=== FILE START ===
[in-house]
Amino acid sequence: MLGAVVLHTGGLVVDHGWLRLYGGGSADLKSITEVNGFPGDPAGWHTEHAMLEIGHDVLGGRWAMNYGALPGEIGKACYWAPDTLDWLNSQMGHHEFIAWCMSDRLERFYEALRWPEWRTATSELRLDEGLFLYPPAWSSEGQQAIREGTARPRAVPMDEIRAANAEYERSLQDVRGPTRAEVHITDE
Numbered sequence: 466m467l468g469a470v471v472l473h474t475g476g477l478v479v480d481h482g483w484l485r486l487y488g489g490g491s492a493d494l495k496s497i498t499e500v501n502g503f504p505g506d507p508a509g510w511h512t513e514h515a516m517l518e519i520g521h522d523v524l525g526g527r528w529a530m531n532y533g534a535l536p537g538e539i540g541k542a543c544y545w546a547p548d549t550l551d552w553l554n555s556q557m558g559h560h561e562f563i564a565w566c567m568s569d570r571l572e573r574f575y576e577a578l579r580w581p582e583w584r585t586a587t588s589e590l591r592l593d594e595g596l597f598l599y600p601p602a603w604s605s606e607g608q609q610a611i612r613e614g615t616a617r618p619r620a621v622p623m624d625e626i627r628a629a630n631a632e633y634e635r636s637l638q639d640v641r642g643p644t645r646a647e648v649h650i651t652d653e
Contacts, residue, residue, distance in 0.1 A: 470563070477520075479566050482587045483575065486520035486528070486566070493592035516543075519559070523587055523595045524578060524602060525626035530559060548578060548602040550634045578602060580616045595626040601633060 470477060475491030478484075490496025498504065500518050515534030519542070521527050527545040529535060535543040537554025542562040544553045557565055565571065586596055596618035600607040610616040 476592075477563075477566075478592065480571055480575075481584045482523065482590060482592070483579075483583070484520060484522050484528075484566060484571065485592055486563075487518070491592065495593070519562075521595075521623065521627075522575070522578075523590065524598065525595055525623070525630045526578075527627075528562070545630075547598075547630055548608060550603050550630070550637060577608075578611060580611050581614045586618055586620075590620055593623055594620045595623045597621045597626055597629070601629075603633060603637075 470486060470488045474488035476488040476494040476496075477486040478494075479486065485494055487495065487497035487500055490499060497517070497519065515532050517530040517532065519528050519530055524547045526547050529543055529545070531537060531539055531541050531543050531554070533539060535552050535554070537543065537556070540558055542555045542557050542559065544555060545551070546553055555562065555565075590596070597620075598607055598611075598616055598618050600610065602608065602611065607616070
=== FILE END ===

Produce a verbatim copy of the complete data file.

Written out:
[in-house]
Amino acid sequence: MLGAVVLHTGGLVVDHGWLRLYGGGSADLKSITEVNGFPGDPAGWHTEHAMLEIGHDVLGGRWAMNYGALPGEIGKACYWAPDTLDWLNSQMGHHEFIAWCMSDRLERFYEALRWPEWRTATSELRLDEGLFLYPPAWSSEGQQAIREGTARPRAVPMDEIRAANAEYERSLQDVRGPTRAEVHITDE
Numbered sequence: 466m467l468g469a470v471v472l473h474t475g476g477l478v479v480d481h482g483w484l485r486l487y488g489g490g491s492a493d494l495k496s497i498t499e500v501n502g503f504p505g506d507p508a509g510w511h512t513e514h515a516m517l518e519i520g521h522d523v524l525g526g527r528w529a530m531n532y533g534a535l536p537g538e539i540g541k542a543c544y545w546a547p548d549t550l551d552w553l554n555s556q557m558g559h560h561e562f563i564a565w566c567m568s569d570r571l572e573r574f575y576e577a578l579r580w581p582e583w584r585t586a587t588s589e590l591r592l593d594e595g596l597f598l599y600p601p602a603w604s605s606e607g608q609q610a611i612r613e614g615t616a617r618p619r620a621v622p623m624d625e626i627r628a629a630n631a632e633y634e635r636s637l638q639d640v641r642g643p644t645r646a647e648v649h650i651t652d653e
Contacts, residue, residue, distance in 0.1 A: 470563070477520075479566050482587045483575065486520035486528070486566070493592035516543075519559070523587055523595045524578060524602060525626035530559060548578060548602040550634045578602060580616045595626040601633060 470477060475491030478484075490496025498504065500518050515534030519542070521527050527545040529535060535543040537554025542562040544553045557565055565571065586596055596618035600607040610616040 476592075477563075477566075478592065480571055480575075481584045482523065482590060482592070483579075483583070484520060484522050484528075484566060484571065485592055486563075487518070491592065495593070519562075521595075521623065521627075522575070522578075523590065524598065525595055525623070525630045526578075527627075528562070545630075547598075547630055548608060550603050550630070550637060577608075578611060580611050581614045586618055586620075590620055593623055594620045595623045597621045597626055597629070601629075603633060603637075 470486060470488045474488035476488040476494040476496075477486040478494075479486065485494055487495065487497035487500055490499060497517070497519065515532050517530040517532065519528050519530055524547045526547050529543055529545070531537060531539055531541050531543050531554070533539060535552050535554070537543065537556070540558055542555045542557050542559065544555060545551070546553055555562065555565075590596070597620075598607055598611075598616055598618050600610065602608065602611065607616070